Wednesday, September 21, 2016

Goodbye, Summer 2016: A Pictorial

With the official start of the fall season upon us, I thought I'd do a little catch-up post of just a few fun things I've done over the summer. Nothing grandiose, just a celebration of the little things. And speaking of little... early in the summer I decided to assemble a fairy and gnome garden. While I just couldn't find all the little toys and trinkets that I would have liked to find secondhand, I did find them cheaply from Big Lots and Michael's Craft Store. 

While I would've loved to have even more tiny gnome-scaled furniture and accessories, I was afraid the landscaping crew in our complex would accidentally destroy them in one of their bi-weekly mowing and mulching sessions. But these survived the summer just fine. And they'll hopefully make an appearance next summer...with additions. 

Back in June, our neighbors likely saw me skulking around the grounds of the complex with my DSLR and telephoto lens to catch the Strawberry Moon on the summer solstice. Being a novice nature photographer, I thought this was the best of the bunch. On the otherwise cloudy night, the skies cleared only briefly. I was lucky to see the moon, extremely lucky to capture it. 

In August, James and I were fortunate enough to have a week of spectacular weather for our Ocean City vacation. It was blazing hot, but not a cloud in sight. We spent several mornings on the beach reading, and afternoons walking the boards and shops. And of course there was thrifting. 

There was actually a number of thrift and consignment shops in downtown Ocean City, but only a few items I was actually interested in buying. We even took an excursion to Egg Harbor Township and neighboring areas in search of better thrifting. Ultimately I found a few items on our mini thrift trip, which I'll save for a later post.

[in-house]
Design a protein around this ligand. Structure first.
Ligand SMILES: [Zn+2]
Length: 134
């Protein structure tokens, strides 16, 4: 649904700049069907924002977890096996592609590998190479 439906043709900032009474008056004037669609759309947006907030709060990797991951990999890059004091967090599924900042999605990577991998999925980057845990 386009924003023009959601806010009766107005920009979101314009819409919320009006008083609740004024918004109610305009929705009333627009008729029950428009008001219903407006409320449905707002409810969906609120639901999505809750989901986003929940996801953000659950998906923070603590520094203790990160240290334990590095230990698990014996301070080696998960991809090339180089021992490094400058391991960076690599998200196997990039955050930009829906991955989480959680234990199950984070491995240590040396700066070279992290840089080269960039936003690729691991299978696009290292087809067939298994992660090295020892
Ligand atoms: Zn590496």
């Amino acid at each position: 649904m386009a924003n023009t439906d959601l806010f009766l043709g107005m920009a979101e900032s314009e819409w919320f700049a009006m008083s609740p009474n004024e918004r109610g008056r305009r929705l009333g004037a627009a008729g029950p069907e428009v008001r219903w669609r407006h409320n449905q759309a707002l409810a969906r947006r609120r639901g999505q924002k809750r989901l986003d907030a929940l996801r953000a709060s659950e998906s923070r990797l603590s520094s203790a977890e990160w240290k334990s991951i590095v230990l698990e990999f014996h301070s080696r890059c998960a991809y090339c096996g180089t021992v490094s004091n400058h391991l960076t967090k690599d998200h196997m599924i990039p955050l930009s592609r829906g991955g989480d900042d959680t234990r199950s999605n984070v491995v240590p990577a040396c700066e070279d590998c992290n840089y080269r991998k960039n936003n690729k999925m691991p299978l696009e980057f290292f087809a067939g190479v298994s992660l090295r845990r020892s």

And in my new quest to lead a gluten-free life, following some GI troubles...I spent several summer days experimenting in the kitchen. This gluten free vegetable lasagne that used layered eggplant in place of noodles was a smashing success. 

Hopefully with the progression of fall days I'll find new thrifting territory, to recipes to try,  new horizons to look toward. Now onward!  To fall landscapes, pumpkin patches, comfy sweaters, worn boots, and horror movie marathons! 

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Tuesday, September 13, 2016

Thriftspiration: A Trip To Yellowstone Park And Beyond, 1957

Way back when in the spring, while I was chatting up a lively vintage vendor at the Columbus Flea Market and found the child's celebrity scrapbook that inspired this post, I also found this incredible travel scrapbook. Documenting a  road trip adventure across the western Unites States, the photos and ephemera inside are in absolutely beautiful condition.  

The travelers include: Sara, Chet, Betty, Estelle...

...Bill, and presumably a fifth person who isn't photographed, but is documenting the journey. And I don't know much of these young travelers, except that their summer wanderlust began in July of 1957...and that Estelle is a total glamazon. I mean, look at that outfit. Oh...and at least one member of the party is from Morrisville, Pennsylvania, as it is faintly written in pencil on one of their motel receipt slips.